I’m a rather finicky, opinionated person. I know this. It’s not one of my best traits, though it is one way that my passion (for life, for grammar, whatever) shines through. I try not to express my opinion in a way that disgraces another, but I don’t always succeed. Sometimes I’m far too argumentative about something that doesn’t much matter. (And hey, no need to confirm that – I already know it’s true, thanks. 🙂 I’m trying to improve.)
Consider yourself warned.
I don’t particularly like the words “secular” and “religious.” They’re buzz words that catch my ear. When I hear them, I prepare to filter the hyper-Christian culture from whatever is said. That mindset isn’t always a relevant one, but that has become my first instinct in such situations.
Why do we separate the secular from the religious? Can they really be separated? I have a hard time thinking so.
I encounter this idea most often in regard to music. I don’t think secular is necessarily the best word to describe an artist or a song, simply because they aren’t marketed primarily to a Christian audience. In fact, I would say it’s usually not the best descriptor. My favorite band is a great example of this. Nickel Creek is a band of three Christians, but you won’t hear their songs on a Christian radio station. (Heck, in Alabama, you won’t hear them on any radio station!) Is their music secular because of that? I don’t think so. Their songs are God-glorifying, regardless of who’s listening.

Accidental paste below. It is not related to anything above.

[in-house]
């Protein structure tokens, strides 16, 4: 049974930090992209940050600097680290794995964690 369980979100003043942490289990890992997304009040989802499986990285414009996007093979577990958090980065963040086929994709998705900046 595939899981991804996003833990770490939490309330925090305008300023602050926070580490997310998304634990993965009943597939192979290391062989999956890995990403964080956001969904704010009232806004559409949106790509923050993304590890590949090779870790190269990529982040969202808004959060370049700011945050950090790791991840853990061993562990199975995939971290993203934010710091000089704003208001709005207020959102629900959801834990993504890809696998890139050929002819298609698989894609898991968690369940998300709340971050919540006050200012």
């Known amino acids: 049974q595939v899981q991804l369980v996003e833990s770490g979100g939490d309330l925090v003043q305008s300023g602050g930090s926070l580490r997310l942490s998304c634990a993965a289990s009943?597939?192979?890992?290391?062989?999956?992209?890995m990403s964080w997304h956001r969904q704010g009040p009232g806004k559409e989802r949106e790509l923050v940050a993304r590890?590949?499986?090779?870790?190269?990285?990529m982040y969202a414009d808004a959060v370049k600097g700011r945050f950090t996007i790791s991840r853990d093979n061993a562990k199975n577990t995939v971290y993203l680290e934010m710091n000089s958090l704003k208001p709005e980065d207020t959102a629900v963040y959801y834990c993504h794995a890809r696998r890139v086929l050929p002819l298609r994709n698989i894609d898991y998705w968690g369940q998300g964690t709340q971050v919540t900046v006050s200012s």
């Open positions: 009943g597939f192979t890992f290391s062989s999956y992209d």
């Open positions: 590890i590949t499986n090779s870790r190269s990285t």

That idea applies to my daily life, as well. I’ve chosen not to pursue a career in vocational ministry. It’s quite likely that I won’t end up with a job at a Christian publication. Even so, I strongly believe that my work should bring glory to my creator. My faith plays a role in everything I do, even in moments when I choose to overlook it. I hope that’s evident, at least to some degree, to everyone who knows me.
For what it’s worth, if you ever want additional insight into the “spiritual” reasons that I am so passionate about journalism, you ought to check out this book. I am constantly pimping Tim Downs’ Finding Common Ground to anyone who asks what my favorite book is, because it’s the best book about evangelizing I’ve read.